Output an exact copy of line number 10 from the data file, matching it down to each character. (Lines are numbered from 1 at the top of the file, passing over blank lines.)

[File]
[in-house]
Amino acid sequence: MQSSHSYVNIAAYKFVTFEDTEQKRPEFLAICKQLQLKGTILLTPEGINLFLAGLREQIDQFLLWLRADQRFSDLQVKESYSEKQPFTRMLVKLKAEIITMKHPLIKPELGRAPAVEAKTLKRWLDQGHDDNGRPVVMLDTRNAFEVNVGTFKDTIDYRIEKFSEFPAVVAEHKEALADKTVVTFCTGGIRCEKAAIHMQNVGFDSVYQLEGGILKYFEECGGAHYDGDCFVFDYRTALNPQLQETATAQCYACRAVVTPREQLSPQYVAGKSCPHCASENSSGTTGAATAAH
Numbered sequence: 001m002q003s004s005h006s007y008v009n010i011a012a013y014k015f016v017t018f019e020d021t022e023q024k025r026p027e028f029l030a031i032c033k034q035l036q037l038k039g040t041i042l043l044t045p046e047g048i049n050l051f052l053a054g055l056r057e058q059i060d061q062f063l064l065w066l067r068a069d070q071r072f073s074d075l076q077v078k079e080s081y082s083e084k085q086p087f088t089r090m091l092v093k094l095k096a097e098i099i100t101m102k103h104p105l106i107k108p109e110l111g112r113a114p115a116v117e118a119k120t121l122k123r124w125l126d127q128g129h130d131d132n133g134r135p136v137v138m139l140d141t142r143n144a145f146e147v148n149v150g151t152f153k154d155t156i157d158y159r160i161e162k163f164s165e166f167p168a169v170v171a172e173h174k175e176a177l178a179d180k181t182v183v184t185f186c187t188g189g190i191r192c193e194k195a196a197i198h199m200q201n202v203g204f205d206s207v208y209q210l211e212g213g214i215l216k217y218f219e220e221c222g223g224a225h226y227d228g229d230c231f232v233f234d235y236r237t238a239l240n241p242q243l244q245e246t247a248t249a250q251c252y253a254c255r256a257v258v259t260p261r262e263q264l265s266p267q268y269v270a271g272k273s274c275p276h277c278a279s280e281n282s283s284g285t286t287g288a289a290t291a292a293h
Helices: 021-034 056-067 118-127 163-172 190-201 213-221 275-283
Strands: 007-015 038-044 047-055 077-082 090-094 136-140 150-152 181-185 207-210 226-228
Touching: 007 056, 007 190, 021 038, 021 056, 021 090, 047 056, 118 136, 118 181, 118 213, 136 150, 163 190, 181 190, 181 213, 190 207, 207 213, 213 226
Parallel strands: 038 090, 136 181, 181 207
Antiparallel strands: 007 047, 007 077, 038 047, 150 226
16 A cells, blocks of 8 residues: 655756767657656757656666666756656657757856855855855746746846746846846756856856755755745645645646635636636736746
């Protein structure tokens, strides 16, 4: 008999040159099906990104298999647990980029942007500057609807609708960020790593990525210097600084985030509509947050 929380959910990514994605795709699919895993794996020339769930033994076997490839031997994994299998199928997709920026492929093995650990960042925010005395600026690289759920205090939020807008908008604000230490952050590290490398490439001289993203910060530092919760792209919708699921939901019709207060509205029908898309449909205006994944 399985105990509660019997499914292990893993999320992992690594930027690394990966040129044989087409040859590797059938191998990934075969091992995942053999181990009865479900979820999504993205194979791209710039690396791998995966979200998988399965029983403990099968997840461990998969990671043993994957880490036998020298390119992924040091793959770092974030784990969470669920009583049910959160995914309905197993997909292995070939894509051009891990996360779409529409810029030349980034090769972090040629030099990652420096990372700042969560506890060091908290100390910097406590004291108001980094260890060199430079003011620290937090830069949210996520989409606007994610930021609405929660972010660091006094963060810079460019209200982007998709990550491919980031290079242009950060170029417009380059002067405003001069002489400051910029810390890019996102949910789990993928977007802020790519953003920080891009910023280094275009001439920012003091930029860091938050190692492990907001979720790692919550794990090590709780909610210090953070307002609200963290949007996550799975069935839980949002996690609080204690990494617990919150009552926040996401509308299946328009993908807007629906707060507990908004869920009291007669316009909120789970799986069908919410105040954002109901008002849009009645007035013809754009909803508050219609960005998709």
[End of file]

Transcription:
């Protein structure tokens, strides 16, 4: 008999040159099906990104298999647990980029942007500057609807609708960020790593990525210097600084985030509509947050 929380959910990514994605795709699919895993794996020339769930033994076997490839031997994994299998199928997709920026492929093995650990960042925010005395600026690289759920205090939020807008908008604000230490952050590290490398490439001289993203910060530092919760792209919708699921939901019709207060509205029908898309449909205006994944 399985105990509660019997499914292990893993999320992992690594930027690394990966040129044989087409040859590797059938191998990934075969091992995942053999181990009865479900979820999504993205194979791209710039690396791998995966979200998988399965029983403990099968997840461990998969990671043993994957880490036998020298390119992924040091793959770092974030784990969470669920009583049910959160995914309905197993997909292995070939894509051009891990996360779409529409810029030349980034090769972090040629030099990652420096990372700042969560506890060091908290100390910097406590004291108001980094260890060199430079003011620290937090830069949210996520989409606007994610930021609405929660972010660091006094963060810079460019209200982007998709990550491919980031290079242009950060170029417009380059002067405003001069002489400051910029810390890019996102949910789990993928977007802020790519953003920080891009910023280094275009001439920012003091930029860091938050190692492990907001979720790692919550794990090590709780909610210090953070307002609200963290949007996550799975069935839980949002996690609080204690990494617990919150009552926040996401509308299946328009993908807007629906707060507990908004869920009291007669316009909120789970799986069908919410105040954002109901008002849009009645007035013809754009909803508050219609960005998709």